The point is to create a script that you can read and in the process "see" how great you'll feel when the solution is implemented.  For instance, the panicky person would read a script, over and over and over, about how "I feel so calm in that same situation.  I could never visualize in my highest hopes how great this is to feel the power of knowing that I am an equal to every person on the planet and that I have my own power and that I do not need approval from others...." etc., etc. 

Won't you add and create that in your own Playscript?   You are, after all, the author and you can write whatever you wish, even if it is pure fantasy.   Why not?!!!!


Of particular note is the process of attempting to complete The Playscript Procedure for a psychological problem, notably most often related to fear and fear reactions.
In this case, the subject (person who is experiencing the fear) attempts to describe what occurred to the counselor/consultant who is attempting to get all the details straight.  Most try to do this in their brain, which often is not the proper approach.  Additionally, the subject seems to resist writing things down and/or going into detail, as it seems "hard" (and to some people it means looking fear in the face and experiencing it, but that is a necessary step to solving it!).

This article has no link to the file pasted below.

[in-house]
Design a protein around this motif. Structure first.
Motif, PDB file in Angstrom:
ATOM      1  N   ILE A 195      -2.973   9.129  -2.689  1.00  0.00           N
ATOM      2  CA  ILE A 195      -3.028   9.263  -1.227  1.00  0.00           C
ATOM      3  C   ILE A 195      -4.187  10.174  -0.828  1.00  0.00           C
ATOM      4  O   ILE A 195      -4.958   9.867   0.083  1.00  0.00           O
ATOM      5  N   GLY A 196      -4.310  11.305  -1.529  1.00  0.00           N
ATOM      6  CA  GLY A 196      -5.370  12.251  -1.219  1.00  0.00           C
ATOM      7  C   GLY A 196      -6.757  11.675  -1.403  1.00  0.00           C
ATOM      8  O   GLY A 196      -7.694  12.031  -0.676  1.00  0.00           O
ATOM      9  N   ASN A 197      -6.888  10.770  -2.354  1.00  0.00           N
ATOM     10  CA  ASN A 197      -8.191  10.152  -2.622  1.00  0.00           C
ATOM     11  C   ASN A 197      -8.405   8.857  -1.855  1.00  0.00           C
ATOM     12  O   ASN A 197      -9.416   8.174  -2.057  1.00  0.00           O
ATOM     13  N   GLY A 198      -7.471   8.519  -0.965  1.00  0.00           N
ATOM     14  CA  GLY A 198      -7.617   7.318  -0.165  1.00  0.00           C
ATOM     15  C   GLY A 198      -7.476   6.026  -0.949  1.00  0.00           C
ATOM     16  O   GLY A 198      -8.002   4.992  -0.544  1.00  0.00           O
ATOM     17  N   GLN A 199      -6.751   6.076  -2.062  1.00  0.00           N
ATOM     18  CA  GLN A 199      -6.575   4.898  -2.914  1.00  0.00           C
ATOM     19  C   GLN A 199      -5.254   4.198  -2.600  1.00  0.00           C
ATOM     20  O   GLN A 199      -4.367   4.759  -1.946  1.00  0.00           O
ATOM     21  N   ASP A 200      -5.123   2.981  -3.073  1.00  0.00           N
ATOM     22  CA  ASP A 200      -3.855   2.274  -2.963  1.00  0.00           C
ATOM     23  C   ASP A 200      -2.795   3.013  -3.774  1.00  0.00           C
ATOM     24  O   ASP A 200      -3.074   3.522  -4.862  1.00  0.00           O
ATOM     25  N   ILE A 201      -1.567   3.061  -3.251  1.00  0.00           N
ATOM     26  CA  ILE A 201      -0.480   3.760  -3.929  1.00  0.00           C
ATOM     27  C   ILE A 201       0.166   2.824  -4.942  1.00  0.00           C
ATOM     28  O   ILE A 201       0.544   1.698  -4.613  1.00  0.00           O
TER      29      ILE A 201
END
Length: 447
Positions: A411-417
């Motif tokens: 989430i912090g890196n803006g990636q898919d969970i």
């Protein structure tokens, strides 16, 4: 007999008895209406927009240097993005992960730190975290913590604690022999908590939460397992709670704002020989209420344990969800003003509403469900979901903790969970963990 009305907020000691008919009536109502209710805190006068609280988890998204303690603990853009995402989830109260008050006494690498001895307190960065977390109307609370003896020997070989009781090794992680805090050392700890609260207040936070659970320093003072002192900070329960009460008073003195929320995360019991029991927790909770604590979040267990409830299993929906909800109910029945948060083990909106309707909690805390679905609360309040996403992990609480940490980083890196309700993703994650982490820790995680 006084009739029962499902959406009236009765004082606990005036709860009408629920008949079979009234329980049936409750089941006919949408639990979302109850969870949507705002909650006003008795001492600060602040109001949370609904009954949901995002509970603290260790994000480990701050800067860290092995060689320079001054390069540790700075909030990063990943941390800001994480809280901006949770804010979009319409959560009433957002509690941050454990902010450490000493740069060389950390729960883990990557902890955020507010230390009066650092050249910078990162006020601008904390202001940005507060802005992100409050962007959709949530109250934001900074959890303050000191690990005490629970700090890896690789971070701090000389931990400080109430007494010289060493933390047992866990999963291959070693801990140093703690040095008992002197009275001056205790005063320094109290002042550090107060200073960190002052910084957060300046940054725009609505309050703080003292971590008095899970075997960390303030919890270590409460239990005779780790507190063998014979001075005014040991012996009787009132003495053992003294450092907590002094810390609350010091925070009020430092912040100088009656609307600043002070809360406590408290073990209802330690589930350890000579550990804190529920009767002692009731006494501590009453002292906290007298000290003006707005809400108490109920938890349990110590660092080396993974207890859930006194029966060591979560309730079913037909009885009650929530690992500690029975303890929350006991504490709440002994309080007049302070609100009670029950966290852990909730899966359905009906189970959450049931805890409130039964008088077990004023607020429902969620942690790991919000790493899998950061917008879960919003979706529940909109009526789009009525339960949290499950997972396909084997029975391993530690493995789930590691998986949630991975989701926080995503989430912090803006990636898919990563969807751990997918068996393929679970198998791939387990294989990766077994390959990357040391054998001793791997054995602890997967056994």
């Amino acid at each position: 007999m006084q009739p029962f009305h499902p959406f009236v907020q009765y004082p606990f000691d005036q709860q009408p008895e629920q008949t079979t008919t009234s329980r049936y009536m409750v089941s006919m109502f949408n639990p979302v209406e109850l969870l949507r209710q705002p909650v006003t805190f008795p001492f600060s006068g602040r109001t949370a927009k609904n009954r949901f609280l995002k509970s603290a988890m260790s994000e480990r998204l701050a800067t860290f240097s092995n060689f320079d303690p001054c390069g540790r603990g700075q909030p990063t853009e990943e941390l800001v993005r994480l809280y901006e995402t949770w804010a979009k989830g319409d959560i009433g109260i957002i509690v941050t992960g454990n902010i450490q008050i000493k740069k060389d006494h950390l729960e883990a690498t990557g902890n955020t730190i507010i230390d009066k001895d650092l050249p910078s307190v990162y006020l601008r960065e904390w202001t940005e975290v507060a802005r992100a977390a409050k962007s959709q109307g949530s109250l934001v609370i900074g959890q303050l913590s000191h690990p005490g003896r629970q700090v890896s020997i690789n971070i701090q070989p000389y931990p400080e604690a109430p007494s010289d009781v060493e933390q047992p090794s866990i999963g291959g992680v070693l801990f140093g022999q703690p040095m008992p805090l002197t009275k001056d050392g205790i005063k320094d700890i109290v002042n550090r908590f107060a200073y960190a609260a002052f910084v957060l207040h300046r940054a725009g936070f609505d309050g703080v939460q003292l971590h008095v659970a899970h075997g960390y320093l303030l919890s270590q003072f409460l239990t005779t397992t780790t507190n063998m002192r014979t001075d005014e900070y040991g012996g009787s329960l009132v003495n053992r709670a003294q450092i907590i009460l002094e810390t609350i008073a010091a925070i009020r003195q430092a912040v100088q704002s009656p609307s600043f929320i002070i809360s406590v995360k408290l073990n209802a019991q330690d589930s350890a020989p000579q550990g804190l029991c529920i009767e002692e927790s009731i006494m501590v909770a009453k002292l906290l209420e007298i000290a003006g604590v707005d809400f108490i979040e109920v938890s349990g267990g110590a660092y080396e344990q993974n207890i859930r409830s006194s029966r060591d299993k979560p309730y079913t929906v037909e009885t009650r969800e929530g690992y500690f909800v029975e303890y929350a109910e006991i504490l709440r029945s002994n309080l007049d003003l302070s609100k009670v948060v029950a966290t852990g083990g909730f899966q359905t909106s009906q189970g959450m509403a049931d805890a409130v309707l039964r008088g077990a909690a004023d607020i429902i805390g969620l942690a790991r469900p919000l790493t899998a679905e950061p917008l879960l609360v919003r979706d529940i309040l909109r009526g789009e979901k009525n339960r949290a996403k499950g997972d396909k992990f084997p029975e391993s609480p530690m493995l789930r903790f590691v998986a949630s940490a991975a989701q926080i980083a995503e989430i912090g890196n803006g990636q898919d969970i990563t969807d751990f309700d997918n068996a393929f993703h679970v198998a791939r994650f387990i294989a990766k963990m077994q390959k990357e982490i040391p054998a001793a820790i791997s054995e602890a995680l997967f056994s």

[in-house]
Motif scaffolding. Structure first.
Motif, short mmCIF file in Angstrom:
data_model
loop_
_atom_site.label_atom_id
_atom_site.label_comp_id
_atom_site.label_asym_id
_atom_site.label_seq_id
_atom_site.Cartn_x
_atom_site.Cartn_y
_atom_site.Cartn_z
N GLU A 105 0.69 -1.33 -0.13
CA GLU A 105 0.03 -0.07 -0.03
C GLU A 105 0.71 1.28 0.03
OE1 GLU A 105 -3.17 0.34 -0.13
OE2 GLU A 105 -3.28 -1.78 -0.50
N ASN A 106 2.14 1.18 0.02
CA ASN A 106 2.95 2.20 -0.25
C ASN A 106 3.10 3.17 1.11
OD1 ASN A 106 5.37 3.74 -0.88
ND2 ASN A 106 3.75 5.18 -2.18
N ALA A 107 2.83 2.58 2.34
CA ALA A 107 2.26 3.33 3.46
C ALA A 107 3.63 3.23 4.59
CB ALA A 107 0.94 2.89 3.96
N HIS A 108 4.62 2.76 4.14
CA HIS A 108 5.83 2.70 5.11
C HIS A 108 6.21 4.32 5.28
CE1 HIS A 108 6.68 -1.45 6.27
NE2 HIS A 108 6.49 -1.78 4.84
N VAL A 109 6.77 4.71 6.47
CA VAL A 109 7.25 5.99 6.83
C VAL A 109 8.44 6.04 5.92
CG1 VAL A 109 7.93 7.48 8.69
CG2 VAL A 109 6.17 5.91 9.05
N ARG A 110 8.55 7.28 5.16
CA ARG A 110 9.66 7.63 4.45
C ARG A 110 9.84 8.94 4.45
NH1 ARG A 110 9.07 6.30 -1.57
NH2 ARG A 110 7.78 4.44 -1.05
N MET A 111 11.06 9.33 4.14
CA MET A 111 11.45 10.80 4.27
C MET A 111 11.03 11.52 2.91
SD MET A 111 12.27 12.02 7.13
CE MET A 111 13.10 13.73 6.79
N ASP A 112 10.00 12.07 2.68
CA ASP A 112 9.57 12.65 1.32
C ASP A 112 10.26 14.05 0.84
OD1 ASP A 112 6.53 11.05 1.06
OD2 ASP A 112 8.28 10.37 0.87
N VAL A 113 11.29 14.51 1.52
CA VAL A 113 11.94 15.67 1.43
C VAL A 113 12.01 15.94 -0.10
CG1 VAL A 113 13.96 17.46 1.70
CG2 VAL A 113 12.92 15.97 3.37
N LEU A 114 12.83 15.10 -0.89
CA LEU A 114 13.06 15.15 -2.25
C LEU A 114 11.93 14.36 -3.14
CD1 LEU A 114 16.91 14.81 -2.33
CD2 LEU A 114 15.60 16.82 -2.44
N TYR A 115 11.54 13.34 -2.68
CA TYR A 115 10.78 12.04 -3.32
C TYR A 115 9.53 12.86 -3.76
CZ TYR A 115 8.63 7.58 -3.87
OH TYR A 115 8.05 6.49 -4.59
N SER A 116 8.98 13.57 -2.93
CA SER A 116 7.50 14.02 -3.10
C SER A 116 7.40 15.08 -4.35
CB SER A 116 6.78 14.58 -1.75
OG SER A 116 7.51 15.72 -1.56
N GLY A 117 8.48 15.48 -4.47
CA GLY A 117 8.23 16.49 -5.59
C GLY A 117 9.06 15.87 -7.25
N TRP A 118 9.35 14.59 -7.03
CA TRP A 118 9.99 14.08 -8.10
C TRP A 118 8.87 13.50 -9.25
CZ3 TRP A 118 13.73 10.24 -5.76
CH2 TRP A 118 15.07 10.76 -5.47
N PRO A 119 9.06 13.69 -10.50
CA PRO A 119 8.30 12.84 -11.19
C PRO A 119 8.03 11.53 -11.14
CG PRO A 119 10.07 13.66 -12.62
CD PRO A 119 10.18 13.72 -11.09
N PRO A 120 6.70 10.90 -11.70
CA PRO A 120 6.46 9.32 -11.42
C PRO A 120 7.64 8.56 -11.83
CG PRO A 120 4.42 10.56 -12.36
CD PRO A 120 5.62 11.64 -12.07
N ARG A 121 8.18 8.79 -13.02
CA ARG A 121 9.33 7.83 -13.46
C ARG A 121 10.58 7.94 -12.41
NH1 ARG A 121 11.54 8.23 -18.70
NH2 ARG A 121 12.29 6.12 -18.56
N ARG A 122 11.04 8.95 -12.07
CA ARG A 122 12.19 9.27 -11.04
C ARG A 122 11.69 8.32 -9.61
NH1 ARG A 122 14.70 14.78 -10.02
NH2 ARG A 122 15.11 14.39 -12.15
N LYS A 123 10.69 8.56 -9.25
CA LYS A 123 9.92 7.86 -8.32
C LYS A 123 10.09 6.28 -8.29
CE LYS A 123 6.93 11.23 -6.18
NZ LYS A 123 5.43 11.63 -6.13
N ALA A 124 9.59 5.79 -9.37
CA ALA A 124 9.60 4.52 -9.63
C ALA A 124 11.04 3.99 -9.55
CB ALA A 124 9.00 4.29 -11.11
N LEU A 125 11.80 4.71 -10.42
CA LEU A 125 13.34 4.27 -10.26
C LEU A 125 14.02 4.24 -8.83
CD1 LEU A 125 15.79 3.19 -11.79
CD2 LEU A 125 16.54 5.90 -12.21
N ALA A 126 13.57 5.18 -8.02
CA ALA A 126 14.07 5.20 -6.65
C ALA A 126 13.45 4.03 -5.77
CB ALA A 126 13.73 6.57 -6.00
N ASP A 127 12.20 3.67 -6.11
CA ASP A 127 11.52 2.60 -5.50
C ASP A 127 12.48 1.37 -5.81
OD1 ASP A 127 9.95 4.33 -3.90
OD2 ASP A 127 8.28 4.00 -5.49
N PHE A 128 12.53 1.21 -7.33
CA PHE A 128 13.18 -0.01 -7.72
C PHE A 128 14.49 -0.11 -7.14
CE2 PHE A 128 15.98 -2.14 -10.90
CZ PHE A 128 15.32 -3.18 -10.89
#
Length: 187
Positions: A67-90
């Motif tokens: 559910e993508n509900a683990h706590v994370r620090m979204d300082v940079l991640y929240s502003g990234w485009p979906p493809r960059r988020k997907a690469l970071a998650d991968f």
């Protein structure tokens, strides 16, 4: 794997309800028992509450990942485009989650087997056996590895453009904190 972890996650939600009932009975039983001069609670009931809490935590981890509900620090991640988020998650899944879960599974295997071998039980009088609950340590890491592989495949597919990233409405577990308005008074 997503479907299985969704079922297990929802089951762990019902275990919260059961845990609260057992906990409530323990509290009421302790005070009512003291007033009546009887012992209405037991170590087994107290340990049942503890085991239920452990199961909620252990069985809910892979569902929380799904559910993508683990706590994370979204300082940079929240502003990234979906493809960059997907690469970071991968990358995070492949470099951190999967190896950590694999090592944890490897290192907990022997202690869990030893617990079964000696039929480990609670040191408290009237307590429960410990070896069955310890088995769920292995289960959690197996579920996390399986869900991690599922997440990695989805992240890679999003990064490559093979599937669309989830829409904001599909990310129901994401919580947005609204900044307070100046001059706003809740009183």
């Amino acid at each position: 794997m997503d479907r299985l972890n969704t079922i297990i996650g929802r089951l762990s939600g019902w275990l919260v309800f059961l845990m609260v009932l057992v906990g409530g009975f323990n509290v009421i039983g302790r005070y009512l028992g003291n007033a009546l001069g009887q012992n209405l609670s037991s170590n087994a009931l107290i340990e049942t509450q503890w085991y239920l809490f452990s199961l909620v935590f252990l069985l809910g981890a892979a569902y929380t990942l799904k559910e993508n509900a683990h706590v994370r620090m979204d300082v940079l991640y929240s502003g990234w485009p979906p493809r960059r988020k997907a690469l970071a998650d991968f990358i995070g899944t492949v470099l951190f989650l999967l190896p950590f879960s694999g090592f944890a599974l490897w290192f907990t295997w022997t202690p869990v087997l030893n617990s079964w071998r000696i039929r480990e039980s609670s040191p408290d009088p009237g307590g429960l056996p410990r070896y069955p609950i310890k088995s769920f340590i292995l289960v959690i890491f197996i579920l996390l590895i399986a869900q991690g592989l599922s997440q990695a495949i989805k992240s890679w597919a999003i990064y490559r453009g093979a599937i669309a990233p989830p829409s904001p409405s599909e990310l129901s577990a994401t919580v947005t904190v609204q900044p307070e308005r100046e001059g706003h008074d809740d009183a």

The proper way to do this lies in doing several drafts of The Playscript Procedure, where we are not finished until the "good ending" is achieved.  Of course, the drama occurs in the middle of the play, with the latter part of the play being about the discovery of something that works better, leading to a life where one is happy forever.  (The latter is possible, with, of course, some interruptions and stuff to deal with in life, but with overall happiness as an ongoing process.)

So, now down to the "brass tacks" (detail), the architectural plan of how this terror was built....

Though it is possible for the counselor to record the conversation with the subject and then have it transcribed, the usual requirement is that the subject write it out in as much detail as possible.  (I used to do this in management consulting, as their efforts would reduce the amount of hours I would spend and it would save very large amounts of money in consulting fees.  However, it was not easy to convince them to do this, as they often felt they didn't have the time.  But, seemingly miraculously, they did have the time.  And the ultimate solutions we came up with saved huge amounts of time, stress, and money.)


With the first draft from the subject, the counselor can apply his/her more indepth knowledge and distinctions to "tease out" (to bring out details) more parts of the play that must have occurred for getting the results that the subject ended up with. 

From that, the consultant usually would write the second draft, so that it could be reviewed by the subject (in this case the subject is like the writer of a book, with the counselor being the writer of the screen play).  The subject would add any more detail and/or correct some details that the consultant had to put in there because they seemed to be what fit there.  That is the third draft.